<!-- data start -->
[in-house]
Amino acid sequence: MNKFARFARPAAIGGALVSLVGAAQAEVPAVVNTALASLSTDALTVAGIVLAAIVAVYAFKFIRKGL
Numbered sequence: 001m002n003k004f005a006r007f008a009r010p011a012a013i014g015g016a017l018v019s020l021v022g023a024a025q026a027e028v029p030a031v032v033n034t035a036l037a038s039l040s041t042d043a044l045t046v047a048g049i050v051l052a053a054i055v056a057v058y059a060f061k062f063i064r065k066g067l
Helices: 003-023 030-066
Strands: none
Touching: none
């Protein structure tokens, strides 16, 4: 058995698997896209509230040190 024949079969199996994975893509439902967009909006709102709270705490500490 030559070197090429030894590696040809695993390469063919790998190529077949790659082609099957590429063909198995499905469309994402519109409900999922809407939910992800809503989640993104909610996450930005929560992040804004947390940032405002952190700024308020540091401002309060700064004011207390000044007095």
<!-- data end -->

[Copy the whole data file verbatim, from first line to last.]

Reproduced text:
[in-house]
Amino acid sequence: MNKFARFARPAAIGGALVSLVGAAQAEVPAVVNTALASLSTDALTVAGIVLAAIVAVYAFKFIRKGL
Numbered sequence: 001m002n003k004f005a006r007f008a009r010p011a012a013i014g015g016a017l018v019s020l021v022g023a024a025q026a027e028v029p030a031v032v033n034t035a036l037a038s039l040s041t042d043a044l045t046v047a048g049i050v051l052a053a054i055v056a057v058y059a060f061k062f063i064r065k066g067l
Helices: 003-023 030-066
Strands: none
Touching: none
């Protein structure tokens, strides 16, 4: 058995698997896209509230040190 024949079969199996994975893509439902967009909006709102709270705490500490 030559070197090429030894590696040809695993390469063919790998190529077949790659082609099957590429063909198995499905469309994402519109409900999922809407939910992800809503989640993104909610996450930005929560992040804004947390940032405002952190700024308020540091401002309060700064004011207390000044007095």